SUZUKI: True recovery means looking to the future, not the past

SUZUKI: True recovery means looking to the future, not the past

The longer we delay phasing out fossil fuels, the tougher it will become, writes David Suzuki

David Suzuki | Contributed

The global call for a just, green recovery from COVID-19 will require planning for the short and long term.

One immediate need is to stop subsidizing the polluting, climate-altering fossil fuel industry – other than to create opportunities for workers displaced by automation, market forces and now this pandemic.

That isn’t happening.

According to research by a consortium of 14 organizations on the Energy Policy Tracker website, Canada has pumped more than $12 billion into supporting the fossil fuel industry since the pandemic started, but only about $2 billion into clean energy. (More than $10 billion of the fossil fuel money is unconditional, whereas only about $260 million of the clean energy money is unconditional.)

That’s a wider gap than the G20 overall, with $165 billion for fossil fuels and $137 billion for clean energy.

The subsidies can be in the form of tax breaks, relaxed regulations and reporting requirements, direct investments in infrastructure like pipelines, and more.

It’s not that people running fossil fuel companies are having a tough time. Shareholders may be getting low returns, but many senior executives are being awarded millions of dollars in “performance-based” bonuses on top of their generous salaries.

It isn’t just about money and economics. Cleantech creates more and better jobs than the fossil fuel industry, and shifting support toward it can spark innovative solutions to the problems we’ve created by indiscriminately burning oil, coal and gas.

Bailing out an industry that should have started winding down decades ago is no way to build societal resilience in the face of climate, biodiversity and health crises.

Providing support for displaced workers is necessary, including to help people transition to other industries. Even funding a workforce to clean up some of the many orphaned oil and gas wells throughout the country – as the federal government is doing – is a start, although industry should be responsible.

As an International Institute for Sustainable Development report says, “There is also a need to support those who are unemployed, under-employed, or in precarious work situations.”

But pipeline subsidies, relaxed regulations and reporting requirements and tax breaks for industry shouldn’t be on the table. We need to move away from fossil fuels, not ensure their ubiquitous persistence.

When we see the money flowing to this outdated, destructive industry, and the lengths authorities here, in the U.S. and elsewhere go to crack down on land defenders and peaceful protesters while protecting fossil fuel infrastructure, it’s hard not to think industry has captured governments and other parts of society.

According to the Guardian, a recent U.S. investigation found large oil and gas companies, private utilities and financial institutions that bankroll fossil fuels are supporting police foundations, which raise money for training, weapons, equipment and surveillance technology throughout the U.S.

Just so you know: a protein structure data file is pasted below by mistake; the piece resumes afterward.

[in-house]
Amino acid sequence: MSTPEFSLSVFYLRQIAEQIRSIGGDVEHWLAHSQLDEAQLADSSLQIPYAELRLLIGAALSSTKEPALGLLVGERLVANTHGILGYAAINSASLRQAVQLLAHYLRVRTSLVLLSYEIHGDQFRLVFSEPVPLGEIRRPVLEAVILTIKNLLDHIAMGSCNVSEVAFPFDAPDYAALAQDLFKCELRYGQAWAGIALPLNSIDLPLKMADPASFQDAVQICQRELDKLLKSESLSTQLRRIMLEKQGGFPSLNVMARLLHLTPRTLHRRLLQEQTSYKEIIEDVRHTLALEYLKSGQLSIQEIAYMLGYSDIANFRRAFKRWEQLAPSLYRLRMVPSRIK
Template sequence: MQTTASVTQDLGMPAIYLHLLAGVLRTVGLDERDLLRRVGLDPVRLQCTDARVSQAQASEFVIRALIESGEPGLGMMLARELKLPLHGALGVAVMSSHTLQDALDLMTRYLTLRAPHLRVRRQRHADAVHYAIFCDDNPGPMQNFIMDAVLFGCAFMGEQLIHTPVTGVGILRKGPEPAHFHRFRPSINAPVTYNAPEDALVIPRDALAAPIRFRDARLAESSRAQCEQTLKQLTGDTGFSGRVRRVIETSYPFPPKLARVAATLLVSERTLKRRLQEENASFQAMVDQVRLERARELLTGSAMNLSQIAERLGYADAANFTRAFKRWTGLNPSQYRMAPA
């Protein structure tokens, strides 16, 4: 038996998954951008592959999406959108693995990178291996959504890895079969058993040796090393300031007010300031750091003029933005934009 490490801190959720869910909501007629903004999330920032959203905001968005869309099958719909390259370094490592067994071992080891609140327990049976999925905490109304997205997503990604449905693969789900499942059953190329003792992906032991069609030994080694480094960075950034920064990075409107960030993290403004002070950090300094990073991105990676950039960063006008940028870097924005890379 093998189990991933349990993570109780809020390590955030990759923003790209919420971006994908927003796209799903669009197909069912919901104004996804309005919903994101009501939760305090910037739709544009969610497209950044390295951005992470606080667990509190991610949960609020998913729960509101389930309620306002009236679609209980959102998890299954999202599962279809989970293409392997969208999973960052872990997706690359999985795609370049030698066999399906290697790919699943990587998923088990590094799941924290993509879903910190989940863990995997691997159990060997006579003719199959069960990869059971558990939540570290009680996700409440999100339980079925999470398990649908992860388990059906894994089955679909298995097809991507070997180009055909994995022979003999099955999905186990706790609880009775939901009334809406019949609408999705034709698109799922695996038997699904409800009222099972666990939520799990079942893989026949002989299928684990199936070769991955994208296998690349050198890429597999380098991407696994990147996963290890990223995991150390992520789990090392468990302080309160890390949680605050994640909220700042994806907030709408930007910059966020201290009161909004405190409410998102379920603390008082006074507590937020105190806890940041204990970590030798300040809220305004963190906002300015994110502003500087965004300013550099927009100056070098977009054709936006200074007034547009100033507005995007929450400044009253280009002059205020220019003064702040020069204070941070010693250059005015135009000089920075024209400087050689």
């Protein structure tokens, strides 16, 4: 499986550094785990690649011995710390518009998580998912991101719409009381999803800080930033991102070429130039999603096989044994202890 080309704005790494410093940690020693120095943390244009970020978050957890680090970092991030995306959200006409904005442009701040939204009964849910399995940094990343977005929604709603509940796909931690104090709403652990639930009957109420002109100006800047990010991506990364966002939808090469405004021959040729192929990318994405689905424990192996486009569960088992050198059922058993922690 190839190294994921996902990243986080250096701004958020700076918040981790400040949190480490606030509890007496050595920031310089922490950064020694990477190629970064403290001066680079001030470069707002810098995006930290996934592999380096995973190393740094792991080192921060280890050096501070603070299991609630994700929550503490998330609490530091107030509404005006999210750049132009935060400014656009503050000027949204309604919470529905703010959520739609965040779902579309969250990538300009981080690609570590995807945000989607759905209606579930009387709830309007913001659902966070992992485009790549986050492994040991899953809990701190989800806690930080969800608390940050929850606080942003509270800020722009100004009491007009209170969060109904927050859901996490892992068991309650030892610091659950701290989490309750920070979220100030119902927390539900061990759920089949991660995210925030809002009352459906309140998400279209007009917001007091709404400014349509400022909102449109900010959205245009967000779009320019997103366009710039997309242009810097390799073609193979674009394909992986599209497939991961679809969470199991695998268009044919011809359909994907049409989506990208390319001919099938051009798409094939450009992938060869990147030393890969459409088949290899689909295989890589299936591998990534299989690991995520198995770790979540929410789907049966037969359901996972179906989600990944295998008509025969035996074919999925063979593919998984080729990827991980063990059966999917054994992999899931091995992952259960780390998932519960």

For decades, people have been saying, “We can’t get off fossil fuels overnight.” But unless we start now, we’ll run out of time.

Providing support for displaced workers is necessary, including to help people transition to other industries. Even funding a workforce to clean up some of the many orphaned oil and gas wells throughout the country – as the federal government is doing – is a start, although industry should be responsible.

MORE SUZUKI: Healthy forests mean healthy people

As an International Institute for Sustainable Development report says, “There is also a need to support those who are unemployed, under-employed, or in precarious work situations.”

But pipeline subsidies, relaxed regulations and reporting requirements and tax breaks for industry shouldn’t be on the table. We need to move away from fossil fuels, not ensure their ubiquitous persistence.

ALSO READ: Fund to be set up for ‘orphaned’ B.C. oil and gas wells

When we see the money flowing to this outdated, destructive industry, and the lengths authorities here, in the U.S. and elsewhere go to crack down on land defenders and peaceful protesters while protecting fossil fuel infrastructure, it’s hard not to think industry has captured governments and other parts of society.

According to the Guardian, a recent U.S. investigation found large oil and gas companies, private utilities and financial institutions that bankroll fossil fuels are supporting police foundations, which raise money for training, weapons, equipment and surveillance technology throughout the U.S.

For decades, people have been saying, “We can’t get off fossil fuels overnight.” But unless we start now, we’ll run out of time.

•••

Written by David Suzuki of the David Suzuki Foundation with contributions from Ian Hanington.



editor@sookenewsmirror.com

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